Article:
$$\require{cancel}$$

# 13.7: Applications of Electromagnetic Induction

Modern society has numerous applications of Faraday’s law of induction, as we will explore in this chapter and others. At this juncture, let us mention several that involve recording information using magnetic fields.

Some computer hard drives apply the principle of magnetic induction. Recorded data are made on a coated, spinning disk. Historically, reading these data was made to work on the principle of induction. However, most input information today is carried in digital rather than analog form—a series of 0s or 1s are written upon the spinning hard drive. Therefore, most hard drive readout devices do not work on the principle of induction, but use a technique known as giant magnetoresistance. Giant magnetoresistance is the effect of a large change of electrical resistance induced by an applied magnetic field to thin films of alternating ferromagnetic and nonmagnetic layers. This is one of the first large successes of nanotechnology.

Graphics tablets, or tablet computers where a specially designed pen is used to draw digital images, also applies induction principles. The tablets discussed here are labeled as passive tablets, since there are other designs that use either a battery-operated pen or optical signals to write with. The passive tablets are different than the touch tablets and phones many of us use regularly, but may still be found when signing your signature at a cash register. Underneath the screen, shown in Figure $$\PageIndex{1}$$, are tiny wires running across the length and width of the screen. The pen has a tiny magnetic field coming from the tip. As the tip brushes across the screen, a changing magnetic field is felt in the wires which translates into an induced emf that is converted into the line you just drew.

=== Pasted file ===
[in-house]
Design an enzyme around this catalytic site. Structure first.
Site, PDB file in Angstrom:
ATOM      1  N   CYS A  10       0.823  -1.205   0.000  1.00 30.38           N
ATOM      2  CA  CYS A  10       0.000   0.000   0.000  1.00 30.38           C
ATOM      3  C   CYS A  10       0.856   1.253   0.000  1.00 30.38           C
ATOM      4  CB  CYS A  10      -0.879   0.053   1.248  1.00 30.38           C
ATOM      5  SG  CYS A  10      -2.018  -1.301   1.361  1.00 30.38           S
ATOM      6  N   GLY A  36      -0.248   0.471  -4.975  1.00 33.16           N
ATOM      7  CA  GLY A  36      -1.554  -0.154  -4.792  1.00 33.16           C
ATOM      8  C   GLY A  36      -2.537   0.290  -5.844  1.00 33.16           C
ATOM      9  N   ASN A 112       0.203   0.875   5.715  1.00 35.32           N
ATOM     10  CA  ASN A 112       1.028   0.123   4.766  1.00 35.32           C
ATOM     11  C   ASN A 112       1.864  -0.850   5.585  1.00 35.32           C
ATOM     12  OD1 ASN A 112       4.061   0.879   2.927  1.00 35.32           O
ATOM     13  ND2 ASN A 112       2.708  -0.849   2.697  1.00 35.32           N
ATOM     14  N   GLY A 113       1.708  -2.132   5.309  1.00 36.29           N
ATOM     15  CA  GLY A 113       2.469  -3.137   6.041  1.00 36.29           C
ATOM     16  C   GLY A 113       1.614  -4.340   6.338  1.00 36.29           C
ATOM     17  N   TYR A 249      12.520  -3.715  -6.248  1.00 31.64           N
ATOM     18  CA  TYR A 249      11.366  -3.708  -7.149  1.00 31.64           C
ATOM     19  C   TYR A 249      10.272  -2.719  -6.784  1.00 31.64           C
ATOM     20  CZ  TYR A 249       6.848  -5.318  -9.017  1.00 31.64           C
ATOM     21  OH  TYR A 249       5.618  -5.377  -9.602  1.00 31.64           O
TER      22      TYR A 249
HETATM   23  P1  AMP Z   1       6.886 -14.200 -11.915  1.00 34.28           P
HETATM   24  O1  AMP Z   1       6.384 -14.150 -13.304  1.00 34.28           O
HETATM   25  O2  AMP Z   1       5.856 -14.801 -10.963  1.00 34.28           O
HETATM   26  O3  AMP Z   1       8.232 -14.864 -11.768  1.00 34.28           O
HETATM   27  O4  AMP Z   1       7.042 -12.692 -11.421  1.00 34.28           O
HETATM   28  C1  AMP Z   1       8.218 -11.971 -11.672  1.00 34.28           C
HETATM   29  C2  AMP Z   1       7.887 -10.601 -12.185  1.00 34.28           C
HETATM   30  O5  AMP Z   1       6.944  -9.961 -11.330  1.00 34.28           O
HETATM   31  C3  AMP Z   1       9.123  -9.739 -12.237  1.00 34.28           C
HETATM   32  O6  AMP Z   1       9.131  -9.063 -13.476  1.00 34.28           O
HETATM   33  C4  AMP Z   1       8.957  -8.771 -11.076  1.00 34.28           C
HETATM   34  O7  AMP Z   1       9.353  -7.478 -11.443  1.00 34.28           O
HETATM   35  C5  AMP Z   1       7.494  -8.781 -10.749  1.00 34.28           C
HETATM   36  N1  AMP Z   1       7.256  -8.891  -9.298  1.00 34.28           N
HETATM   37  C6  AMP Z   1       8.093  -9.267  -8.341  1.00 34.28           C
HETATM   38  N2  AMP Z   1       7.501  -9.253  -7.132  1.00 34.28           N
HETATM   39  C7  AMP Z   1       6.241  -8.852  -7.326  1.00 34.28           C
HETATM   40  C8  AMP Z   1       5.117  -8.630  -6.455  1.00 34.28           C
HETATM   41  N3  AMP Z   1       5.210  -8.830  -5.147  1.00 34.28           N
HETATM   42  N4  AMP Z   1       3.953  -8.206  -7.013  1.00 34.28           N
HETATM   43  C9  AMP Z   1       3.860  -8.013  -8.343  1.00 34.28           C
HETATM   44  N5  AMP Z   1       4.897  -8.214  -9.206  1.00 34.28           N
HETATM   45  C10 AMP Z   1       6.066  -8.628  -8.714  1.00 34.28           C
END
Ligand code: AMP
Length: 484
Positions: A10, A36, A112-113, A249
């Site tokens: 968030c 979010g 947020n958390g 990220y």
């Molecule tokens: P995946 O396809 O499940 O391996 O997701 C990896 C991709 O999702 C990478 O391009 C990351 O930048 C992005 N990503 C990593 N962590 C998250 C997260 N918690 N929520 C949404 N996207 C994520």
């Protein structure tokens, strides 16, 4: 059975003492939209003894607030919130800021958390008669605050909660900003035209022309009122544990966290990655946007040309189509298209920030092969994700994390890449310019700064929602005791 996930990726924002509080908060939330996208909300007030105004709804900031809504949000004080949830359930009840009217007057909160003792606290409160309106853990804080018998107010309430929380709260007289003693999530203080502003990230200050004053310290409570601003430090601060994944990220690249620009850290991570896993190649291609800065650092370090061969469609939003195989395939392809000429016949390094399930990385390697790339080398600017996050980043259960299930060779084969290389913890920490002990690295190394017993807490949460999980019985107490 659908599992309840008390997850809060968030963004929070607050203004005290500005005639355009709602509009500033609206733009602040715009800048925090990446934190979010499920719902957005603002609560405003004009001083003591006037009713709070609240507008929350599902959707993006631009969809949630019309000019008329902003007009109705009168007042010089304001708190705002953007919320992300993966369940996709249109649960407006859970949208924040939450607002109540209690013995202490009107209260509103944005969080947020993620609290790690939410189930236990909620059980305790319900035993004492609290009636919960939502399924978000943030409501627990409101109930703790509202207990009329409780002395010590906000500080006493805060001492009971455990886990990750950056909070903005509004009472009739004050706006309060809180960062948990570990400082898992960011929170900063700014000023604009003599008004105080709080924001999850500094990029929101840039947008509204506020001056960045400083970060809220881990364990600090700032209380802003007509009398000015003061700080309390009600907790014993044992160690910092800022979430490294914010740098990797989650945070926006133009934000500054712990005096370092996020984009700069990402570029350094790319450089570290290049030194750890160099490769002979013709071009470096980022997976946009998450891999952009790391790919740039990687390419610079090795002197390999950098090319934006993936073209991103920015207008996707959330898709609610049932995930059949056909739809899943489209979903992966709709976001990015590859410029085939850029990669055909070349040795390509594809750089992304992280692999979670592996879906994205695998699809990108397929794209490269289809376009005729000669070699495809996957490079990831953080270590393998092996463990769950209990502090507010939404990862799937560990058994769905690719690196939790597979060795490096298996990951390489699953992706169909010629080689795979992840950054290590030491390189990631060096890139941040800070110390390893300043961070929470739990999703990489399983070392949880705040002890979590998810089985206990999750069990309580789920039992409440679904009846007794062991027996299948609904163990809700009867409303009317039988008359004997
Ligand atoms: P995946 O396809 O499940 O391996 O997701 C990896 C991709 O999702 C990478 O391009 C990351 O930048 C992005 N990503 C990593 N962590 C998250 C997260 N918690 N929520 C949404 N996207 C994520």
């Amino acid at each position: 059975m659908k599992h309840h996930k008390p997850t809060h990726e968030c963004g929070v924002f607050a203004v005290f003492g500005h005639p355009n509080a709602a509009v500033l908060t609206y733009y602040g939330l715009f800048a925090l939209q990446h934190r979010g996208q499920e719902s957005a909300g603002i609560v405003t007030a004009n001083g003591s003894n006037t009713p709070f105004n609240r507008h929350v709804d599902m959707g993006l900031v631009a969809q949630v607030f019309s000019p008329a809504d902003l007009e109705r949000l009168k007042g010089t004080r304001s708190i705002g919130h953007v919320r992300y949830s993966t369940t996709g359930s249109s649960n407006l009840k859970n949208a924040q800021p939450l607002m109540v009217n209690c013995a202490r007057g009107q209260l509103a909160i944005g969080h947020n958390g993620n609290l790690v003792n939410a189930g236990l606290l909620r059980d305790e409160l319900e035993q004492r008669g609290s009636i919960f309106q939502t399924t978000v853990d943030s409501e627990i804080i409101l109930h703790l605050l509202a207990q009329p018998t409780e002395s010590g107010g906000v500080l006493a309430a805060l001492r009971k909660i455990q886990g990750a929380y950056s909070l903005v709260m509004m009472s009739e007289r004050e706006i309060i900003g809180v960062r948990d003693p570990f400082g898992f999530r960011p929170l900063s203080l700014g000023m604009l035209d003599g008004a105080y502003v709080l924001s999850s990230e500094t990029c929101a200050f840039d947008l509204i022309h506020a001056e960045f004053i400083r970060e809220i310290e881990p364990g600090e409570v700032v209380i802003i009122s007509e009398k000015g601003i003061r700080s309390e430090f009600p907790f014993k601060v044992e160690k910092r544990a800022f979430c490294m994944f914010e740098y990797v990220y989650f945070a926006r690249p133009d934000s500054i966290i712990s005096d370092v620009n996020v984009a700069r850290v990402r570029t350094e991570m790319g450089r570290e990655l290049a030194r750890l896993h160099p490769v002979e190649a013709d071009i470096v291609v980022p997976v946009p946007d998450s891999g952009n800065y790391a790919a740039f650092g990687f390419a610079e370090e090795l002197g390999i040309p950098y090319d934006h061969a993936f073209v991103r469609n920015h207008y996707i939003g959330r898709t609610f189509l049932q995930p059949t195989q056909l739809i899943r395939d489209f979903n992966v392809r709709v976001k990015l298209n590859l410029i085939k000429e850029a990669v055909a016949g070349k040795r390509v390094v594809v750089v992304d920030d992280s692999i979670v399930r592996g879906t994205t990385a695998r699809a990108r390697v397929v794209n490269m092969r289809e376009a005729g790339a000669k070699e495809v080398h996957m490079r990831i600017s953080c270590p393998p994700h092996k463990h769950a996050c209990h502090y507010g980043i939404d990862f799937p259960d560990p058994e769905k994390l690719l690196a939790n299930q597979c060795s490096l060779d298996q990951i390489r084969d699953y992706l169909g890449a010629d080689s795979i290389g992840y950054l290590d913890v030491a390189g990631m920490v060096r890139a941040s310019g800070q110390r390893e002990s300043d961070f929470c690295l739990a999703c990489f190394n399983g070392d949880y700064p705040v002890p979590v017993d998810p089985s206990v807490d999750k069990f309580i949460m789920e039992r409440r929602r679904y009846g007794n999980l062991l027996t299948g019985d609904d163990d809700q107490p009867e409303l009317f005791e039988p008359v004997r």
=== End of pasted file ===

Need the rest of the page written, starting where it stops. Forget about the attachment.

Figure $$\PageIndex{1}$$: A tablet with a specially designed pen to write with is another application of magnetic induction.

Another application of induction is the magnetic stripe on the back of your personal credit card as used at the grocery store or the ATM machine. This works on the same principle as the audio or video tape, in which a playback head reads personal information from your card.

Video

Check out this video to see how flashlights can use magnetic induction.

A magnet moves by your mechanical work through a wire. The induced current charges a capacitor that stores the charge that will light the lightbulb even while you are not doing this mechanical work.

Electric and hybrid vehicles also take advantage of electromagnetic induction. One limiting factor that inhibits widespread acceptance of 100% electric vehicles is that the lifetime of the battery is not as long as the time you get to drive on a full tank of gas. To increase the amount of charge in the battery during driving, the motor can act as a generator whenever the car is braking, taking advantage of the back emf produced. This extra emf can be newly acquired stored energy in the car’s battery, prolonging the life of the battery.

Another contemporary area of research in which electromagnetic induction is being successfully implemented is transcranial magnetic stimulation (TMS). A host of disorders, including depression and hallucinations, can be traced to irregular localized electrical activity in the brain. In transcranial magnetic stimulation, a rapidly varying and very localized magnetic field is placed close to certain sites identified in the brain. The usage of TMS as a diagnostic technique is well established.

Video

Check out this Youtube video to see how rock-and-roll instruments like electric guitars use electromagnetic induction to get those strong beats.

## Contributors

Paul Peter Urone (Professor Emeritus at California State University, Sacramento) and Roger Hinrichs (State University of New York, College at Oswego) with Contributing Authors: Kim Dirks (University of Auckland) and Manjula Sharma (University of Sydney). This work is licensed by OpenStax University Physics under a Creative Commons Attribution License (by 4.0).